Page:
Anyone who has experienced anxiety knows how scary and consuming it can feel. Spinning thoughts accelerate out of control. Waves of fear and doubt run rampant. All of it leaves us feeling exhausted.
Anxiety disorders are one of the most prevalent mental health issues today, affecting as many as 1 in 5 people over the course of the lifespan.
We see increased rates of anxiety occurring in teenage populations. This is likely due to stressful situations and social pressure that teens face. On top of that, the developmental changes that occur in the brain during adolescence increase the chances of experiencing anxiety.
So, if you or a loved one is suffering from an anxiety disorder, what can you do?
Answer: learn how to ride the waves. Riding a wave is a perfect analogy for learning how to manage anxiety.
We need to understand that fighting against the waves, fearing the wave, or avoiding the waves typically increases our anxiety. We automatically tense up, freeze, or over-analyze as our thoughts spin out of control. Our thoughts send us through a flurry of emotions. In this scenario, the wave tosses us and leaves us gasping for air.
The alternative option is to prepare for the wave, acknowledge its presence, and ride it out. If we can do this, we give ourselves a chance to let go of the fear and the thoughts that cause us to fight, freeze up, or run away. Time and time again, I’ve seen clients gain stability and confidence to face anxiety-provoking situations. When clients decide to shift their direction, from avoiding the waves to preparing for the waves, they find themselves doing things that previously seemed impossible.
So, how do we learn to ride the waves?
The first thing we need to understand is that in many cases, we can’t change the waves. Big or small. Choppy or sustained. We have no choice but to acknowledge and accept the wave. Feeling anxiety is a normal part of what it means to be human. For some, the experience of anxiety is intensified beyond what is normal due to reactions of the body and mind that have been reinforced over time. However, the existence of some level of anxiety is common to everyone.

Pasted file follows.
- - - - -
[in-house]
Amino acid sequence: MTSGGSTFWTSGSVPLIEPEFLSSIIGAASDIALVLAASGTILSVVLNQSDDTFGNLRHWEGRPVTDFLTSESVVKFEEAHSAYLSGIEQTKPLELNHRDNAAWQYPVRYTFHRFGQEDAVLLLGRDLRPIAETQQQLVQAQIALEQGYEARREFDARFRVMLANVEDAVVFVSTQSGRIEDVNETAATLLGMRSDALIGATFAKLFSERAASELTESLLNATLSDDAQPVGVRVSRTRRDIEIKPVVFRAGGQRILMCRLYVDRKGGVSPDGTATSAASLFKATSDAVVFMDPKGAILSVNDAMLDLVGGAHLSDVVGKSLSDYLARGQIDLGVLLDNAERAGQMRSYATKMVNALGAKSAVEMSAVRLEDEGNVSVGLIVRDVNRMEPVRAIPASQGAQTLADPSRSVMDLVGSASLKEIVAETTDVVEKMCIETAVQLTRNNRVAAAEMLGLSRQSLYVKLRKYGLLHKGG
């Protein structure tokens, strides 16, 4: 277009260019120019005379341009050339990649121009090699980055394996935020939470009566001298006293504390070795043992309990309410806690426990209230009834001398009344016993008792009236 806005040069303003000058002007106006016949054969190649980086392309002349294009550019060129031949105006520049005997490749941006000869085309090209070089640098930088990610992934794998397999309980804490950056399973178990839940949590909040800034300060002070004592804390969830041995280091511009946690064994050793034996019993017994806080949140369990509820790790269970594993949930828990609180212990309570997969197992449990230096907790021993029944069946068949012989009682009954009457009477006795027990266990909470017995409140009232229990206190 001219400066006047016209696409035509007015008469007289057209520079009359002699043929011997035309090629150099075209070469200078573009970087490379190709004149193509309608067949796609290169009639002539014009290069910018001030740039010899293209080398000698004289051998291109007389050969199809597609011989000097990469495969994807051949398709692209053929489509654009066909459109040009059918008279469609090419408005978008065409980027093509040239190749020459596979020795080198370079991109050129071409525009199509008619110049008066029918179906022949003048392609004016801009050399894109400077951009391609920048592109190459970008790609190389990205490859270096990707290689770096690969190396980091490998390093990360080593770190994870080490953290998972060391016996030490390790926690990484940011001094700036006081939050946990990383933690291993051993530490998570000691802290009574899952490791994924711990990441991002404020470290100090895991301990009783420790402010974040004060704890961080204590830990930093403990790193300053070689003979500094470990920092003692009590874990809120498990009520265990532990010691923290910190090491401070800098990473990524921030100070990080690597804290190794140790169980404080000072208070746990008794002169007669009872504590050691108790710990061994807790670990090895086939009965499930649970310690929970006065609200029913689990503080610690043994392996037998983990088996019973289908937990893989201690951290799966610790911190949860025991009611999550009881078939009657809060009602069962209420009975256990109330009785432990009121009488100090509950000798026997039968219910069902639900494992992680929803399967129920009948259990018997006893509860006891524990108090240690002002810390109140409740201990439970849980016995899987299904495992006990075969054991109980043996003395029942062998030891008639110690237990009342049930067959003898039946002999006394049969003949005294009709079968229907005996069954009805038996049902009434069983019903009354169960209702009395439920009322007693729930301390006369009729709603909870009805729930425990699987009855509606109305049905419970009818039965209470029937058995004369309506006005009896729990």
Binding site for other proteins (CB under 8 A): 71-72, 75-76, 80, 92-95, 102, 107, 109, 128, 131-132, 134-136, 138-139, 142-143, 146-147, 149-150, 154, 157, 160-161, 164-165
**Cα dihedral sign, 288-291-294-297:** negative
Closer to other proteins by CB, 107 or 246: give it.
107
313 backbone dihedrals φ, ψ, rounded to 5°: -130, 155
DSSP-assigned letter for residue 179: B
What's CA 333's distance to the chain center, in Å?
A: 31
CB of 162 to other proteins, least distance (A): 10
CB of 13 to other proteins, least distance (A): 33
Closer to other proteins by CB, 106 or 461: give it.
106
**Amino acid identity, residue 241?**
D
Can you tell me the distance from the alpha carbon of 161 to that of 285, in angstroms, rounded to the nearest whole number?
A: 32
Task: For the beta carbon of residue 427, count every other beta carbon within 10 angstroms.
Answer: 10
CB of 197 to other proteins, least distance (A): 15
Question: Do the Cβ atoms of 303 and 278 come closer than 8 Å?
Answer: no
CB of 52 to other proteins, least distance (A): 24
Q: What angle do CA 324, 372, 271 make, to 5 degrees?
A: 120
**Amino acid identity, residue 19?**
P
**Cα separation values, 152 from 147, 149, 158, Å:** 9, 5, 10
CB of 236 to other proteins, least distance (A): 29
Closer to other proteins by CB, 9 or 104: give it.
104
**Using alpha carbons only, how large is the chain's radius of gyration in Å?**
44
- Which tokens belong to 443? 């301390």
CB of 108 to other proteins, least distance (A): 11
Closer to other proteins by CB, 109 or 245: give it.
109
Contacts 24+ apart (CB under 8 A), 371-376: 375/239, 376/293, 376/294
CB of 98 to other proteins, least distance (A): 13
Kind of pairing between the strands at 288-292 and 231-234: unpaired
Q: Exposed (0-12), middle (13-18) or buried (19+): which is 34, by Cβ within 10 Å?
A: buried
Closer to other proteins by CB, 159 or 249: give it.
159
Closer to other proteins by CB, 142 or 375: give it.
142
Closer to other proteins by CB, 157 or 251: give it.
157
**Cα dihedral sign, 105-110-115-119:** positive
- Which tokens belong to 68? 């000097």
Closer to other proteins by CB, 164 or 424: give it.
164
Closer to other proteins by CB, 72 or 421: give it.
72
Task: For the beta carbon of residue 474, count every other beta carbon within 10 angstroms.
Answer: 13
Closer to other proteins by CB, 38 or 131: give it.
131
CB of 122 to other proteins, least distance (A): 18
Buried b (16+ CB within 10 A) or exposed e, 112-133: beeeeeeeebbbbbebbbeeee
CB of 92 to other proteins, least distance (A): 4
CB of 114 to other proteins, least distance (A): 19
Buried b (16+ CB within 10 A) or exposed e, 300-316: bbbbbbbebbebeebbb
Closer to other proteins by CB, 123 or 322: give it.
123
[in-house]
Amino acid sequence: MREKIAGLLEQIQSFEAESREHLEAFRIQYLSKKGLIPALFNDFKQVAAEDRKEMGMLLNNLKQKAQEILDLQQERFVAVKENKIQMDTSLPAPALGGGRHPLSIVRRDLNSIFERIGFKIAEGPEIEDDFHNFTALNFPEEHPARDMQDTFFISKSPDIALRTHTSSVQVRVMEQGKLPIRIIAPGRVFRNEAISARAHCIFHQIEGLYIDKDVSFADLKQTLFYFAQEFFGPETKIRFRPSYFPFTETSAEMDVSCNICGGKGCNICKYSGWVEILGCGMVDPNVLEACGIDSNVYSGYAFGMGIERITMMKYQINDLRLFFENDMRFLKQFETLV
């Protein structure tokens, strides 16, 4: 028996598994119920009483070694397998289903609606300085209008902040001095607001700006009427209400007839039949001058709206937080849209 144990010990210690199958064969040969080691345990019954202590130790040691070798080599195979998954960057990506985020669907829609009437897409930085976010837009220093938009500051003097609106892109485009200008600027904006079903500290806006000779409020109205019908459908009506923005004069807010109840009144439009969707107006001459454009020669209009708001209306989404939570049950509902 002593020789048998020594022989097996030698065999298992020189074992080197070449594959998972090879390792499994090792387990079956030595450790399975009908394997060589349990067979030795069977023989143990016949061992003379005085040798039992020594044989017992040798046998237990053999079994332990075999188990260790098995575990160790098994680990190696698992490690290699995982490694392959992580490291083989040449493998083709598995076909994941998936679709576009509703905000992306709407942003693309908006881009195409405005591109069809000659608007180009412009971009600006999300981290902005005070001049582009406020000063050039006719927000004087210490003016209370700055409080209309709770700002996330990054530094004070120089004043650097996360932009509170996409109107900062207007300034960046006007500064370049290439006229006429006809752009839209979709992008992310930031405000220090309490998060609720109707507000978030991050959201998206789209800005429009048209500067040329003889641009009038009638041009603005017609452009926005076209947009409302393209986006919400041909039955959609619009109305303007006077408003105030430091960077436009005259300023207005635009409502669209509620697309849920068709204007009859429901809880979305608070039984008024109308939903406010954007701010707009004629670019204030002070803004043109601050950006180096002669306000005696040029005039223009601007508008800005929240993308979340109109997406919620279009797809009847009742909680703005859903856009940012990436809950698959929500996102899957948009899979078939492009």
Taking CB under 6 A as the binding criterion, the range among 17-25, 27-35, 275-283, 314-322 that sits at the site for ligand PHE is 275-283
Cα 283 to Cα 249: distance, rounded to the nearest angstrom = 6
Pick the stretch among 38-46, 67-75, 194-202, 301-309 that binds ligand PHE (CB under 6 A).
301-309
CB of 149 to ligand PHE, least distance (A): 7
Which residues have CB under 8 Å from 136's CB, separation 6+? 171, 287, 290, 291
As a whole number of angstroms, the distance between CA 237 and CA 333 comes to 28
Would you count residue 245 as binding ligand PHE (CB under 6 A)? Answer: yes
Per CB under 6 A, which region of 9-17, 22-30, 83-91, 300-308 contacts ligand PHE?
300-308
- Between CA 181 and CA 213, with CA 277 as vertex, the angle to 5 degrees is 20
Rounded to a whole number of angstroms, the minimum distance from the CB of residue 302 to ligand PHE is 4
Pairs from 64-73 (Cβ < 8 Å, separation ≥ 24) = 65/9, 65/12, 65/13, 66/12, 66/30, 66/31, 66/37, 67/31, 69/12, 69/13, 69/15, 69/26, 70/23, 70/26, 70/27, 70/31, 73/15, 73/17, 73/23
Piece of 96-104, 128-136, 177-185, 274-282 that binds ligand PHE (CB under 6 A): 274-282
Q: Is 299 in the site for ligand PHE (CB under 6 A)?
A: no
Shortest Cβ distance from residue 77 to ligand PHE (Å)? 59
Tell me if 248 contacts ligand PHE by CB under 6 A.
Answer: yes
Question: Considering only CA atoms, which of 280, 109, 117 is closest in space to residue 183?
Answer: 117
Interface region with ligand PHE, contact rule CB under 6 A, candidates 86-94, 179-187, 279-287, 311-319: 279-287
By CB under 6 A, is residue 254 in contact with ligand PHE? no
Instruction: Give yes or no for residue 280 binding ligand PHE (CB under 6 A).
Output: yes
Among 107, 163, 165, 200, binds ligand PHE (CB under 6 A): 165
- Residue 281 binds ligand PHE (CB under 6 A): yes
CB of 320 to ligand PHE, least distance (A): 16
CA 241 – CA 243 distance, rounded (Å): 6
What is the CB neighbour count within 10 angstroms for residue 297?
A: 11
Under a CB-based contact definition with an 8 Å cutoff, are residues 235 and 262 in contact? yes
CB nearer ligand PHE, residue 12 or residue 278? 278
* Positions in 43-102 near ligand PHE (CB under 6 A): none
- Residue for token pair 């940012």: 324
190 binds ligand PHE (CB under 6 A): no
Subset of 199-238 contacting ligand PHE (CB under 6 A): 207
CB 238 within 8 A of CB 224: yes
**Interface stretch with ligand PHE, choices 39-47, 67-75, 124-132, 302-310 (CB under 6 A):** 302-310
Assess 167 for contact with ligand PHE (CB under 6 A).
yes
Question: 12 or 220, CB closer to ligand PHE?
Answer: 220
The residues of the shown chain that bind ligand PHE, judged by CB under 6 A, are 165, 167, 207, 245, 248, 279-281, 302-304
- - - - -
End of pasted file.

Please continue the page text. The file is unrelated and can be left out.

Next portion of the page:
The next thing we can do is breathe and slow down. Think of a superhero movie scene where time slows down, and the hero of the movie performs some superhuman stunt. Just like the hero in the movie, you can slow down your body and your mind by taking deep breaths and letting go of negative thoughts or emotions. As the wave builds, or anxious feelings increase, it may be tempting to feel overwhelmed or to speed your mind back up. Simply acknowledge that feeling and return your focus to taking deep breaths. As you calm your breathing, you may find it helpful to focus your attention on something other than the wave.
The next part is one of the most daunting aspects of managing anxiety. Our tendency with anxious situations is to avoid them at all costs. This is one of the reasons that anxiety has incredible power and control over us. To manage anxious feelings, we must commit to riding a lot of waves. This makes sense if we think about the “practice makes perfect” metaphor. The only way we improve at something is to practice. Start by committing to facing the slightly anxiety-provoking situations. Prove to yourself that you can ride the wave and make it to the other side. Then practice committing to the bigger waves.